Nevertheless, it is this thought that has so greatly influenced Nicky Gumbel, Holy Trinity Brompton Church and even The Alpha Course. Alpha’s roots of mysticism have been thoroughly exposed, though it is feared that they are buried even deeper than what has been revealed. Gumbel’s invitation of Mumford to his global leadership conference demonstrates that he has not strayed from affirming the claims and teachings set forth by this leader of the UK Vineyard Movement.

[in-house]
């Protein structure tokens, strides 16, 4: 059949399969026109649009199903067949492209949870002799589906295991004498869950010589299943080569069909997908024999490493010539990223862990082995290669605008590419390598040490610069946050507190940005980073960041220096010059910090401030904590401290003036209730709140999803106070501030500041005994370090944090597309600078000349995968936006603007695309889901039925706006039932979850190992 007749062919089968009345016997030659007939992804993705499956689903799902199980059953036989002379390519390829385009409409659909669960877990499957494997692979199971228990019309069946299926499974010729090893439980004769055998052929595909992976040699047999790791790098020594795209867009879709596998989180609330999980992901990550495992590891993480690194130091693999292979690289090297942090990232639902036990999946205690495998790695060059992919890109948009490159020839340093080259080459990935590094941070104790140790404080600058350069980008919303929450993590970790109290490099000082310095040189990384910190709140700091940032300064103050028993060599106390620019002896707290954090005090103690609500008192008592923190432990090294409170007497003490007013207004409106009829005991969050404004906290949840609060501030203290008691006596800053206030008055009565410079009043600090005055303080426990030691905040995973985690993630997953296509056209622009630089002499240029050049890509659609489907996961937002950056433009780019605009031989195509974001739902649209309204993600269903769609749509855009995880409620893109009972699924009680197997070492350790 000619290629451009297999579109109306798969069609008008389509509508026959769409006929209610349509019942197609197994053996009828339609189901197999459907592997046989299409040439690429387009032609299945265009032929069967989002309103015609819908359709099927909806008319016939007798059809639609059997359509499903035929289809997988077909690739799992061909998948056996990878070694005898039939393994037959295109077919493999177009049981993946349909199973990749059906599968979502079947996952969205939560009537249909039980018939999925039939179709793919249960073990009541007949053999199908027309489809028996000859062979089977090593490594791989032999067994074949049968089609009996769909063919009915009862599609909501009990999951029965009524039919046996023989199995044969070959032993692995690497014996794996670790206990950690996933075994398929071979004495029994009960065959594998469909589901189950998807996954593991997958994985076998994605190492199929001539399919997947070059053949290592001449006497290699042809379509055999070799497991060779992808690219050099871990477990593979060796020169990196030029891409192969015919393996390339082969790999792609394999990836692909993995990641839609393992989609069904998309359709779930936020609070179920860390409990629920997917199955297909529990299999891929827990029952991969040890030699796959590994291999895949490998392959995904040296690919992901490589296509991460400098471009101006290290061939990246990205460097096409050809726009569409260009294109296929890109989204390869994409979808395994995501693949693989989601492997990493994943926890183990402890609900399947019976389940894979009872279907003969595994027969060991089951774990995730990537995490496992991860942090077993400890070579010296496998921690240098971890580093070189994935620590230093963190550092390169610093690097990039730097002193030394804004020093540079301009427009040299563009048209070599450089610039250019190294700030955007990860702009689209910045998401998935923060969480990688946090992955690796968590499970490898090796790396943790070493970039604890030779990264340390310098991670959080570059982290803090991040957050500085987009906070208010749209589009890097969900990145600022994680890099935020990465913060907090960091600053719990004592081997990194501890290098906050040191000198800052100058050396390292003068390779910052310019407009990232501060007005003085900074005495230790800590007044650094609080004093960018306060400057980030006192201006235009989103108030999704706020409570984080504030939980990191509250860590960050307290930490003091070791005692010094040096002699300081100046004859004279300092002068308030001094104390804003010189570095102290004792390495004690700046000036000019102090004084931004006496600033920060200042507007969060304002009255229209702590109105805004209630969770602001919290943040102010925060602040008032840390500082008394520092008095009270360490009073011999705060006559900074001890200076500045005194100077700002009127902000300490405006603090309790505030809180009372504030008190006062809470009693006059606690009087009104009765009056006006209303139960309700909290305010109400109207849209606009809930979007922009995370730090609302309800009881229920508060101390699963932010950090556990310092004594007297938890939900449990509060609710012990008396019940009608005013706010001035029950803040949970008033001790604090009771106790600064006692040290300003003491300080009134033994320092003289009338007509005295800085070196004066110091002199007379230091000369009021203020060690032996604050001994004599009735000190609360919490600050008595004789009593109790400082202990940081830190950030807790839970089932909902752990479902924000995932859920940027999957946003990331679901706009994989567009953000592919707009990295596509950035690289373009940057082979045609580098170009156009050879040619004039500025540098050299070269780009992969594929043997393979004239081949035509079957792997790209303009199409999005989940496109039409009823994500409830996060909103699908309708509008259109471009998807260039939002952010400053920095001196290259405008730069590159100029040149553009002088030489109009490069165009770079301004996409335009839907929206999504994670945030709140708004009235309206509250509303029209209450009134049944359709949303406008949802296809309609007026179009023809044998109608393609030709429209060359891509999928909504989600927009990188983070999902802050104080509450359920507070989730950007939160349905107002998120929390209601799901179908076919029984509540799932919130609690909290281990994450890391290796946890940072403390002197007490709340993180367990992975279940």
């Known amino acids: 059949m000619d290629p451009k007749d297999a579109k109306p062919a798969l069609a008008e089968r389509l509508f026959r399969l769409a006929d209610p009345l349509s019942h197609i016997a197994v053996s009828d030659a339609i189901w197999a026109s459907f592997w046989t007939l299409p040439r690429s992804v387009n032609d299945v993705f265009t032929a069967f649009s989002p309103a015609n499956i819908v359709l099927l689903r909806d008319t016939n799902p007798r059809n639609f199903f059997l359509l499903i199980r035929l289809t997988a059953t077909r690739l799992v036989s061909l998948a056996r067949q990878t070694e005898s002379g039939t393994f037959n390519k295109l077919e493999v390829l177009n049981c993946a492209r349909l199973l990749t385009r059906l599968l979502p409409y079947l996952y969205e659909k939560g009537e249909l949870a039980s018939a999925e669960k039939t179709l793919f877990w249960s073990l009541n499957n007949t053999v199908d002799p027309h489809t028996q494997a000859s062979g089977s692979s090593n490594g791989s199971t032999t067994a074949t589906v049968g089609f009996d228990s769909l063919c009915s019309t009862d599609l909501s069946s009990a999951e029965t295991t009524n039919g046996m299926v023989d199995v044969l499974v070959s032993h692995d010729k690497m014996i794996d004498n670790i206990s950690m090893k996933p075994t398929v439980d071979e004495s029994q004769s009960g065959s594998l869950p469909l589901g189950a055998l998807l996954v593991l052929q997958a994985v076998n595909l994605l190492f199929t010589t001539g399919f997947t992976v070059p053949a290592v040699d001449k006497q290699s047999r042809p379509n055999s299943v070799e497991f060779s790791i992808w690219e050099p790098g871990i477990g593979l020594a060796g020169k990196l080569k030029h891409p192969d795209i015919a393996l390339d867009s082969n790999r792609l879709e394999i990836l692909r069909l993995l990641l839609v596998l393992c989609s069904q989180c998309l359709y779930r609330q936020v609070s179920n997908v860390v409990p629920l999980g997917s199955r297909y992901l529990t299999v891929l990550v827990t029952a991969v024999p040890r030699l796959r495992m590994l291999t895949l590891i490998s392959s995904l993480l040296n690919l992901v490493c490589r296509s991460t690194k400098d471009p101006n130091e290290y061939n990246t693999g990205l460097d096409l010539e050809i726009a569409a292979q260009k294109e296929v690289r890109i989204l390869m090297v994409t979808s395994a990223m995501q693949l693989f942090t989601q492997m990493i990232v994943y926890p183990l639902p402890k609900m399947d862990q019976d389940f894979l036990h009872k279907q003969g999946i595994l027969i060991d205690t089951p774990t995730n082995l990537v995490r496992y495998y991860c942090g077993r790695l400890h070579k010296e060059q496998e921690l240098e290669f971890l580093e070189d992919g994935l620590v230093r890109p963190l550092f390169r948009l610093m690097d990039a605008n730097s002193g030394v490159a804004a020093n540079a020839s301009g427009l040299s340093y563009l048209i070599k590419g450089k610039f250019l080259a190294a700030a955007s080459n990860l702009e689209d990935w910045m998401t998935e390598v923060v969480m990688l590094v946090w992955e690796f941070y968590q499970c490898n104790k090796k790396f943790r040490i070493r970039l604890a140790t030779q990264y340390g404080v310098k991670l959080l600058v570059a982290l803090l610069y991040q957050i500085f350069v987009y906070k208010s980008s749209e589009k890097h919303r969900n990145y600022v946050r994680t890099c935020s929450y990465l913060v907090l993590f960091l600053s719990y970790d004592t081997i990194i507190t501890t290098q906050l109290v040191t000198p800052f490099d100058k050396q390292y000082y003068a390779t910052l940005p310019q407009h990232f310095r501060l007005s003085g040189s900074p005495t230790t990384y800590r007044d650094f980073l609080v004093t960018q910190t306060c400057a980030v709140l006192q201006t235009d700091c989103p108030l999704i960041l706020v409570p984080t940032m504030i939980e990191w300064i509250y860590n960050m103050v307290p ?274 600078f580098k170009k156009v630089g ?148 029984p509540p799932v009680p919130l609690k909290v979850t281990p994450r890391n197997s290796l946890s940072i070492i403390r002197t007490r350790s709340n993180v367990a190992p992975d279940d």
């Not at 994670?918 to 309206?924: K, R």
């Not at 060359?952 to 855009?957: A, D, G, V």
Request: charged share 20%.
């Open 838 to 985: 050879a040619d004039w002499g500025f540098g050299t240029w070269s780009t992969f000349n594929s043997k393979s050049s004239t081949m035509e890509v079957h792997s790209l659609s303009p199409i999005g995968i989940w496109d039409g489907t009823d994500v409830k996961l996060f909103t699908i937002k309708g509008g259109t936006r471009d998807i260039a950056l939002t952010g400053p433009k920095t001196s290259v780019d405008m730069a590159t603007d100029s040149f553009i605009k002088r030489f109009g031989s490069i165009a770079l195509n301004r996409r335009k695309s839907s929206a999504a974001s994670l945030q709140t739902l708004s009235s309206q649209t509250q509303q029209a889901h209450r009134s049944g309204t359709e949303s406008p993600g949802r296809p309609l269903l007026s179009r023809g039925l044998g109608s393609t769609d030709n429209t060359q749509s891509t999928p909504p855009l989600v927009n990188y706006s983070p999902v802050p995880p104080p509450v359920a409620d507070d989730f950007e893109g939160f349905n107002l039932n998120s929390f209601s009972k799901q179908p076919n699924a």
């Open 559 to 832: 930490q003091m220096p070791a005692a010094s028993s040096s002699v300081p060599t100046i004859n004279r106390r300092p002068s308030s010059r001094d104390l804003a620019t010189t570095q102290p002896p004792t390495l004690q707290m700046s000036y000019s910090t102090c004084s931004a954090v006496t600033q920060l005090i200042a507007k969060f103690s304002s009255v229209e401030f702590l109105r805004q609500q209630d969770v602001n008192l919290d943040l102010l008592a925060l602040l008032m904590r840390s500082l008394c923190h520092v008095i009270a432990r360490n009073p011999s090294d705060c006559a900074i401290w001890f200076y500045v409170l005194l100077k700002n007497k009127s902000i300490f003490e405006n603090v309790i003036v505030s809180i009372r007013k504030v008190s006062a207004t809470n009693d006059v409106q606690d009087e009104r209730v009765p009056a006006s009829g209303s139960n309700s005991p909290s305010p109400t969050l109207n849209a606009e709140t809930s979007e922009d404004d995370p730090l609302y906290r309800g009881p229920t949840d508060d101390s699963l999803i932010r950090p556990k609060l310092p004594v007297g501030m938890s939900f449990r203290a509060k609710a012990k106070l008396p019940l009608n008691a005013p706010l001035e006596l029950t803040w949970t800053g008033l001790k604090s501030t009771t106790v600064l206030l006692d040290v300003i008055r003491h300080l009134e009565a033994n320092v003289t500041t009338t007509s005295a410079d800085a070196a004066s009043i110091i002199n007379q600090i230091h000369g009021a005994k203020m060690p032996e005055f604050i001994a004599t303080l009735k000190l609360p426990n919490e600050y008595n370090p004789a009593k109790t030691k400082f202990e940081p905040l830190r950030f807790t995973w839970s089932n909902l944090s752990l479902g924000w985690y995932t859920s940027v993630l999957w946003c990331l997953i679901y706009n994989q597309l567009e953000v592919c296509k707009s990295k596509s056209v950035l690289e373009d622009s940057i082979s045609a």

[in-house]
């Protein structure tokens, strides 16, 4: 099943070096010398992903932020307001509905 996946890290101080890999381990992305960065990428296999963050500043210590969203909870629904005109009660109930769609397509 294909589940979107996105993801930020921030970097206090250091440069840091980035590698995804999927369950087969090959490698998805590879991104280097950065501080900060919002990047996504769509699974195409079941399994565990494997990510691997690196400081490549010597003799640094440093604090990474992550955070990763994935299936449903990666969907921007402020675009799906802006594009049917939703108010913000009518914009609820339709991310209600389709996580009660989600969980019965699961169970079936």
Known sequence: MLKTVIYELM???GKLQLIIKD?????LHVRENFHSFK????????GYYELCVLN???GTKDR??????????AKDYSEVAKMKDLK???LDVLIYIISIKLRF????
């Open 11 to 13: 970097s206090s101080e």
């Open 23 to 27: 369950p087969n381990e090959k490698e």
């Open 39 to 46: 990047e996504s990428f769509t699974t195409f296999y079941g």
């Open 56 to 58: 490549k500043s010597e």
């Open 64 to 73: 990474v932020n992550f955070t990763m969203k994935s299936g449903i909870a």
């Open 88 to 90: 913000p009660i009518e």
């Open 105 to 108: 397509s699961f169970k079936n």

It cannot easily be denied, then, that such thought also continues to permeate and influence The Alpha Course, a program which has infiltrated 169 countries and has been attended by nearly 19 million people. Is The Alpha Course simply a safe, non-confrontational, friendly and innocuous introduction to the Gospel of Jesus Christ? Is it teaching the foundational doctrines of the Christian faith, or is it instead introducing millions to deceptive doctrines of demons (1 Tim. 4:1)?

Further Reading
The Influence of Christian Mystics Morton Kelsey and John Wimber on The Alpha Course
The Ecumenical Compromise of The Alpha Course
Nicky Gumbel to Alpha Course Attendees: “Go Back to Your Catholic Parish”

The original appears here.

Further reading